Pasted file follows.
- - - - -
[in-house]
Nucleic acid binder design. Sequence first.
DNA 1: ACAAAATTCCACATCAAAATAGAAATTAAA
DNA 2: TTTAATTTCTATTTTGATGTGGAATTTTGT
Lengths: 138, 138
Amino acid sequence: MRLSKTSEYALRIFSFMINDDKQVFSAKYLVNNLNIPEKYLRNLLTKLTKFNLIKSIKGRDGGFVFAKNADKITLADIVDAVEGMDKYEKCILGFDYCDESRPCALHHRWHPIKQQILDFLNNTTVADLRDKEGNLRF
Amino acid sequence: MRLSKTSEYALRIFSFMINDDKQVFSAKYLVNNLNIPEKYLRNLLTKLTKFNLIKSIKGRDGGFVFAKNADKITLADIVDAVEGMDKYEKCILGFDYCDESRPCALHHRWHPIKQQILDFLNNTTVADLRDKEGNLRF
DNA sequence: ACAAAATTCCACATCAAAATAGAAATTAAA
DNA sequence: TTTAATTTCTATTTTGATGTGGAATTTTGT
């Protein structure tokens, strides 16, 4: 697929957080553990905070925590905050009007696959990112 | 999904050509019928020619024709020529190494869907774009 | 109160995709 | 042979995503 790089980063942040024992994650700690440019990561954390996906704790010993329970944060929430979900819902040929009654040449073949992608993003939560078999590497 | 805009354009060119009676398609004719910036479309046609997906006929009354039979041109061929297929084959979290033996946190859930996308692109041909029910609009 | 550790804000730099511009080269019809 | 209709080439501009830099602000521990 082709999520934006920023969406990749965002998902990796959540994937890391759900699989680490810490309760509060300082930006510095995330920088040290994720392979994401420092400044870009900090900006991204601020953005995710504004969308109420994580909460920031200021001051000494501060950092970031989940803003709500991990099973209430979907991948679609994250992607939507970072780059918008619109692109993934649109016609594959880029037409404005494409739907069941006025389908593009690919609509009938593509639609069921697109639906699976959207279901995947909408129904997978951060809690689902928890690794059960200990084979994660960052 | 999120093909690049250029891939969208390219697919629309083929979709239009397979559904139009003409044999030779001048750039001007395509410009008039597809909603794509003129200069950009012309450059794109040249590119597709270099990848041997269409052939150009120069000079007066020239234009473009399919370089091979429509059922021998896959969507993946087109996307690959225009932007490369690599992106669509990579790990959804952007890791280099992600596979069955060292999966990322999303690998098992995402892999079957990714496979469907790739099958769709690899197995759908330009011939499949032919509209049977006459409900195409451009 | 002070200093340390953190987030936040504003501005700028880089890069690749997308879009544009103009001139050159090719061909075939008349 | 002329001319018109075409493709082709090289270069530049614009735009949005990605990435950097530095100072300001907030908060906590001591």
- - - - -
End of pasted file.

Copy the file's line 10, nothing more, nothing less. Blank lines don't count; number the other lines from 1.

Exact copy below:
């Protein structure tokens, strides 16, 4: 697929957080553990905070925590905050009007696959990112 | 999904050509019928020619024709020529190494869907774009 | 109160995709 | 042979995503 790089980063942040024992994650700690440019990561954390996906704790010993329970944060929430979900819902040929009654040449073949992608993003939560078999590497 | 805009354009060119009676398609004719910036479309046609997906006929009354039979041109061929297929084959979290033996946190859930996308692109041909029910609009 | 550790804000730099511009080269019809 | 209709080439501009830099602000521990 082709999520934006920023969406990749965002998902990796959540994937890391759900699989680490810490309760509060300082930006510095995330920088040290994720392979994401420092400044870009900090900006991204601020953005995710504004969308109420994580909460920031200021001051000494501060950092970031989940803003709500991990099973209430979907991948679609994250992607939507970072780059918008619109692109993934649109016609594959880029037409404005494409739907069941006025389908593009690919609509009938593509639609069921697109639906699976959207279901995947909408129904997978951060809690689902928890690794059960200990084979994660960052 | 999120093909690049250029891939969208390219697919629309083929979709239009397979559904139009003409044999030779001048750039001007395509410009008039597809909603794509003129200069950009012309450059794109040249590119597709270099990848041997269409052939150009120069000079007066020239234009473009399919370089091979429509059922021998896959969507993946087109996307690959225009932007490369690599992106669509990579790990959804952007890791280099992600596979069955060292999966990322999303690998098992995402892999079957990714496979469907790739099958769709690899197995759908330009011939499949032919509209049977006459409900195409451009 | 002070200093340390953190987030936040504003501005700028880089890069690749997308879009544009103009001139050159090719061909075939008349 | 002329001319018109075409493709082709090289270069530049614009735009949005990605990435950097530095100072300001907030908060906590001591």